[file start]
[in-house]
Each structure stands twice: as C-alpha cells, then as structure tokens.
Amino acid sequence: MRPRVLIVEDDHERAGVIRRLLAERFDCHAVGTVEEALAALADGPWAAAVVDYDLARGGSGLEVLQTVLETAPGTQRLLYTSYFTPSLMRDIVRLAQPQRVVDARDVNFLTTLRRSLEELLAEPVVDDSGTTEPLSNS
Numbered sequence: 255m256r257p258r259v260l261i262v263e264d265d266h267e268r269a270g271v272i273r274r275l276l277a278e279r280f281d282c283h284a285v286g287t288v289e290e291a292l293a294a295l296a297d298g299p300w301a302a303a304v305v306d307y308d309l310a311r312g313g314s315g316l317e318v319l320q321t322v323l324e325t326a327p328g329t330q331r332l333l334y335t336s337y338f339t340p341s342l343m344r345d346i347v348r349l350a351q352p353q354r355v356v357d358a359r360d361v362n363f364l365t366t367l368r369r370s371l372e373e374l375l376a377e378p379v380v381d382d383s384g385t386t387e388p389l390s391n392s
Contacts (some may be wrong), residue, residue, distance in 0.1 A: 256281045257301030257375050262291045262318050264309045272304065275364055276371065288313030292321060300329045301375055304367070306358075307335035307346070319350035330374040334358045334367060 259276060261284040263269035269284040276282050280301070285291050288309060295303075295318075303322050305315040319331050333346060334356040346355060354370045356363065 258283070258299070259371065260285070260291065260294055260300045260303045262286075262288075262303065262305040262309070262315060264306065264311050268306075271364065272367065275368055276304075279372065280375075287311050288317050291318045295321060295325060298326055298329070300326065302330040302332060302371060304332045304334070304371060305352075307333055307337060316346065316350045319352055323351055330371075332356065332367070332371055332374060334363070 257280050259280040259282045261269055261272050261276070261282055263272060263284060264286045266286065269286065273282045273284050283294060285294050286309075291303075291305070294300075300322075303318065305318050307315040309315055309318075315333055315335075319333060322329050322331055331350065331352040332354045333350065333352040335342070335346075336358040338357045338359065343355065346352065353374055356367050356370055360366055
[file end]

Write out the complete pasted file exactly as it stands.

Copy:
[in-house]
Each structure stands twice: as C-alpha cells, then as structure tokens.
Amino acid sequence: MRPRVLIVEDDHERAGVIRRLLAERFDCHAVGTVEEALAALADGPWAAAVVDYDLARGGSGLEVLQTVLETAPGTQRLLYTSYFTPSLMRDIVRLAQPQRVVDARDVNFLTTLRRSLEELLAEPVVDDSGTTEPLSNS
Numbered sequence: 255m256r257p258r259v260l261i262v263e264d265d266h267e268r269a270g271v272i273r274r275l276l277a278e279r280f281d282c283h284a285v286g287t288v289e290e291a292l293a294a295l296a297d298g299p300w301a302a303a304v305v306d307y308d309l310a311r312g313g314s315g316l317e318v319l320q321t322v323l324e325t326a327p328g329t330q331r332l333l334y335t336s337y338f339t340p341s342l343m344r345d346i347v348r349l350a351q352p353q354r355v356v357d358a359r360d361v362n363f364l365t366t367l368r369r370s371l372e373e374l375l376a377e378p379v380v381d382d383s384g385t386t387e388p389l390s391n392s
Contacts (some may be wrong), residue, residue, distance in 0.1 A: 256281045257301030257375050262291045262318050264309045272304065275364055276371065288313030292321060300329045301375055304367070306358075307335035307346070319350035330374040334358045334367060 259276060261284040263269035269284040276282050280301070285291050288309060295303075295318075303322050305315040319331050333346060334356040346355060354370045356363065 258283070258299070259371065260285070260291065260294055260300045260303045262286075262288075262303065262305040262309070262315060264306065264311050268306075271364065272367065275368055276304075279372065280375075287311050288317050291318045295321060295325060298326055298329070300326065302330040302332060302371060304332045304334070304371060305352075307333055307337060316346065316350045319352055323351055330371075332356065332367070332371055332374060334363070 257280050259280040259282045261269055261272050261276070261282055263272060263284060264286045266286065269286065273282045273284050283294060285294050286309075291303075291305070294300075300322075303318065305318050307315040309315055309318075315333055315335075319333060322329050322331055331350065331352040332354045333350065333352040335342070335346075336358040338357045338359065343355065346352065353374055356367050356370055360366055